“He or she will have a good sense then if your medication is working, or whether the dosage should be increased or another drug added or swapped in,” says Dr. Fisher. “The goal is to find the right amount and combination that works for you.”
How many drugs you eventually take depends on factors like your blood pressure reading (a systolic number like 150 to 160 mm Hg or higher will often require two or more drugs), your age, and whether you are overweight or sedentary.
Yet drugs are just one part of treatment. Your doctor will also prescribe lifestyle modifications as needed, such as losing weight, quitting smoking, reducing salt in your diet, and being more active, all of which can help lower blood pressure.
“But since lifestyle changes can take longer to implement and yield results in terms of blood pressure reduction, it’s always best to prescribe medication without waiting too long,” says Dr. Fisher.
What you can do
If you have reached the maximum dosage of at least three medications and your blood pressure is still high — and lifestyle changes also haven’t helped — your doctor will look for other causes such as kidney disease, Cushing’s disease, or pheochromocytoma (a tumor in an adrenal gland). After that, he or she will explore other underlying issues. For example:
Sleep apnea. This common condition is marked by repeated pauses in your breathing—lasting from a few seconds to a minute or so—while you sleep. A 2014 study in the Journal of Clinical Sleep Medicine involving almost 300 people who had sleep apnea or were at high risk for heart disease found that sleep apnea quadrupled the odds of having resistant hypertension.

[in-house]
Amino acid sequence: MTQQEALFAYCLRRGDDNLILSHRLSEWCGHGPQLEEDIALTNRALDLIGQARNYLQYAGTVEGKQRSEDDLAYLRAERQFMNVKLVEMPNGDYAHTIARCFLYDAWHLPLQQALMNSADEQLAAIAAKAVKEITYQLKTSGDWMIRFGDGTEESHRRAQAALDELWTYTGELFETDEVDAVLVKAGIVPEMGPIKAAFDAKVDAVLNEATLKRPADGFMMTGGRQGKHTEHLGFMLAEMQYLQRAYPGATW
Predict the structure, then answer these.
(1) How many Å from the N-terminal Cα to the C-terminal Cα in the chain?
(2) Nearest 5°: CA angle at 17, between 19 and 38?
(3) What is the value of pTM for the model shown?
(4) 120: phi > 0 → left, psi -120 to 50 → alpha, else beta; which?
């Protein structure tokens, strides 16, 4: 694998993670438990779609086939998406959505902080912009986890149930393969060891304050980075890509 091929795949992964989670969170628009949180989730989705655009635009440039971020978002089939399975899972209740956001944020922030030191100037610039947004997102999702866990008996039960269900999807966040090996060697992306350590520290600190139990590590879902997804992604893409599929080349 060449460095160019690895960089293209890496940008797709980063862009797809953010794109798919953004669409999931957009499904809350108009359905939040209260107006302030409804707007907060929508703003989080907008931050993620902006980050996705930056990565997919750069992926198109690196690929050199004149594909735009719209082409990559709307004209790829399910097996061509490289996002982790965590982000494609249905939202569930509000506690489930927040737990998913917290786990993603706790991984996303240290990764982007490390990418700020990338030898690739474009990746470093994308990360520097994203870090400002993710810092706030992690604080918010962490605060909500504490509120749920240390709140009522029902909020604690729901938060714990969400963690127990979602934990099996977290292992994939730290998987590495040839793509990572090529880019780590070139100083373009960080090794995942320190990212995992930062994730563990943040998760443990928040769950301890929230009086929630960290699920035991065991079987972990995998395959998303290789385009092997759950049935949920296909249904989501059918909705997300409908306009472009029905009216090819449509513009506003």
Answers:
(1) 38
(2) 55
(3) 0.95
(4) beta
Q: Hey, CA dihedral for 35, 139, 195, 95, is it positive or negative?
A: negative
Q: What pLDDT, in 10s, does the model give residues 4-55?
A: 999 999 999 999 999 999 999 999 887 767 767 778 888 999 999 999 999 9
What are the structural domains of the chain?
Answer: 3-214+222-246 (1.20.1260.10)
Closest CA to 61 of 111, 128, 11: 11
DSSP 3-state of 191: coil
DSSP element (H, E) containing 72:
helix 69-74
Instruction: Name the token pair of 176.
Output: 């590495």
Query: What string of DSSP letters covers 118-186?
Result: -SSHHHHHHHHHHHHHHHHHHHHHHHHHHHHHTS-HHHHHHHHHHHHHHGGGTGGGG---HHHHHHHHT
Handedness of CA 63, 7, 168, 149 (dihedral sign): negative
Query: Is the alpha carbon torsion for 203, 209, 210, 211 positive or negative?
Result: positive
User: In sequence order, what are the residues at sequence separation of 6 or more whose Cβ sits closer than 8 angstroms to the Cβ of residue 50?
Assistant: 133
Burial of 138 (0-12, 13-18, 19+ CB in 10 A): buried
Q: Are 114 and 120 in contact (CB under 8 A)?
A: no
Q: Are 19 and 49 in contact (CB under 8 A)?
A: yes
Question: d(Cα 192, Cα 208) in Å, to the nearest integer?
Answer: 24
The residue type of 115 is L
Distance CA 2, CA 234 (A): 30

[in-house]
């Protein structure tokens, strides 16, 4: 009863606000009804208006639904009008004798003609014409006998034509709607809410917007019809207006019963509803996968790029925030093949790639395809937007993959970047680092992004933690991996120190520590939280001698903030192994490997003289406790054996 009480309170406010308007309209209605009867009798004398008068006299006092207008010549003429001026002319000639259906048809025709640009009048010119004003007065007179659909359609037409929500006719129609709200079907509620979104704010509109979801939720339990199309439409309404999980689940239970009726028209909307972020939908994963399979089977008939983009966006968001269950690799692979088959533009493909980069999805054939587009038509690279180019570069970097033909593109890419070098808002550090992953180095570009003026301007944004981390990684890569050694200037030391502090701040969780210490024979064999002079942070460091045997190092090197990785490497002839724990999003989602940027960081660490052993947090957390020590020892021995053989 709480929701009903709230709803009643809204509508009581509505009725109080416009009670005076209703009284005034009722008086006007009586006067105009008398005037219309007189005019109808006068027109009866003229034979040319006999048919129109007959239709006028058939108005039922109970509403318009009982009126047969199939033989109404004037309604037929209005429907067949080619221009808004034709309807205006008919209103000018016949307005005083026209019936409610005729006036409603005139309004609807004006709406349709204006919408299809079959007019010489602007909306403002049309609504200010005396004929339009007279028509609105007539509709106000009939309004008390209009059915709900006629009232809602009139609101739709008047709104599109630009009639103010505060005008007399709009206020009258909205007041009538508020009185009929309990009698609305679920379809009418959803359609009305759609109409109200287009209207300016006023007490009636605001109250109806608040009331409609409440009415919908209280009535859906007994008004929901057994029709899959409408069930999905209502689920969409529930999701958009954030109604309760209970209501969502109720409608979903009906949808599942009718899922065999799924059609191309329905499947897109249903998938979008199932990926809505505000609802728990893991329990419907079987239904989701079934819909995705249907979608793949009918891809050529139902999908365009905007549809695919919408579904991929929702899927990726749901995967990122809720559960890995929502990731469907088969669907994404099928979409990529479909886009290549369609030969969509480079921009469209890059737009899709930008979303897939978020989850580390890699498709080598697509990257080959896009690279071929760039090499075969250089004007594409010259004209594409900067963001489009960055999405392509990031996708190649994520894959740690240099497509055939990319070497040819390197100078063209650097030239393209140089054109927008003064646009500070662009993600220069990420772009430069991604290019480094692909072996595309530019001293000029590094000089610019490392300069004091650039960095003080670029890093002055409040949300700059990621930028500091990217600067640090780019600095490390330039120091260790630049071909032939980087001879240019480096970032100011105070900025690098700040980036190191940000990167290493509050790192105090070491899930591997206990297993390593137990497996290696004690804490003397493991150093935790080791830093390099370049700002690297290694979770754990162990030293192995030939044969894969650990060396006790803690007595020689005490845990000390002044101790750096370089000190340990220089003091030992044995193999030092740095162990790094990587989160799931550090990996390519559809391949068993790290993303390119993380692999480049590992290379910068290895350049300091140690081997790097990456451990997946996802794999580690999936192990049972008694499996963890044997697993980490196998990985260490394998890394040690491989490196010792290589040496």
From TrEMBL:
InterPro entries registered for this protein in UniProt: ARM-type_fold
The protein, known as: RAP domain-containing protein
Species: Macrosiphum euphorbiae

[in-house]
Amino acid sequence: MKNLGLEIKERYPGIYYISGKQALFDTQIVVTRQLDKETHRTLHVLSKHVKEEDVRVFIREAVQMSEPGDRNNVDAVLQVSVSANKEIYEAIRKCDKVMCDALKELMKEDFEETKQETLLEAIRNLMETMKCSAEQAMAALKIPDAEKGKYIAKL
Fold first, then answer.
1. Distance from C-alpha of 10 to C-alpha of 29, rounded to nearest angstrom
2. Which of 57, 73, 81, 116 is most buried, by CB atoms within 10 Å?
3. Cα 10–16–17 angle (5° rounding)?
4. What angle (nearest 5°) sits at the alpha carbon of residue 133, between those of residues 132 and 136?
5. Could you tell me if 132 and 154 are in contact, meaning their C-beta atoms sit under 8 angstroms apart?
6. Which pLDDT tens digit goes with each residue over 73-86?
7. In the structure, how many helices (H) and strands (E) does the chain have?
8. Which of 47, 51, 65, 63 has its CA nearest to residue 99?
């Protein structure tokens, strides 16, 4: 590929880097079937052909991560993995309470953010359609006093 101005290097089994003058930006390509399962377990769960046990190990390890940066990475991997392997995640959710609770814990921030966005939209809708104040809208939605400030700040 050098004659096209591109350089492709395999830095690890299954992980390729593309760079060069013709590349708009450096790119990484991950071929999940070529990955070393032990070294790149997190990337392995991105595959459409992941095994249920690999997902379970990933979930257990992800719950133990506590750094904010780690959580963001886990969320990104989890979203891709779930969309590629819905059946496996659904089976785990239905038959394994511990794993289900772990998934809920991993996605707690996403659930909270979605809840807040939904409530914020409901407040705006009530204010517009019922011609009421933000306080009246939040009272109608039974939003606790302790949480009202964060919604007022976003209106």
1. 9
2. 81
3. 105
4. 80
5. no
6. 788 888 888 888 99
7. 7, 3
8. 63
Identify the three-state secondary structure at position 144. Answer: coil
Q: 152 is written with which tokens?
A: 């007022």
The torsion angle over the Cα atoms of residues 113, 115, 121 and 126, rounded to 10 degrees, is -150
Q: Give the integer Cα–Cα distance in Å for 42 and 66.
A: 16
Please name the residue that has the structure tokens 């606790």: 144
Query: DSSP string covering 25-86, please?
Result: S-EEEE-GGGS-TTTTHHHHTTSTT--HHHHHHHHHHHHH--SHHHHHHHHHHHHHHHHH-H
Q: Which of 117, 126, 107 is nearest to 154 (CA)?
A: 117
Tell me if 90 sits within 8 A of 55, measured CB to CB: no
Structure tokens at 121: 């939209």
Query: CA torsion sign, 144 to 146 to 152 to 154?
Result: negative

Nonsteroidal anti-inflammatory drugs (NSAIDs). These include over-the-counter pain relievers like ibuprofen (Advil, Motrin) and naproxen (Aleve). A 2012 study in BMC Cardiovascular Disorders of 1,340 users of NSAIDs and 1,340 users of the non-NSAID painkiller acetaminophen (Tylenol) found that NSAID users had a 2 mm Hg increase in systolic blood pressure compared with acetaminophen users. “If you are taking more than occasional doses to control pain, you should discuss this with your doctor,” says Dr. Fisher.
Alcohol. Excess drinking can elevate blood pressure, Men should limit their intake to no more than two drinks per day, says Dr. Fisher.
Try a new drug
If you haven’t responded to three standard blood pressure drugs, your doctor might try a less common choice, such as spironolactone (Aldactone) or eplerenone (Inspra).
A 2017 study from the European Society of Cardiology compared various treatments in 314 people with resistant hypertension and found that spironolactone, a diuretic, was more effective than traditional choices for drug therapy. The downside is possible side effects, especially for men, like gynecomastia (enlarged breast tissue) and a rise in potassium, especially for people with kidney disease.
A small study involving 57 people with resistant hypertension published online June 13, 2016, by The Journal of Clinical Hypertension discovered that adding eplerenone to the standard three-drug treatment for 12 weeks lowered systolic blood pressure by almost eight points and diastolic blood pressure by more than four points compared with a control group.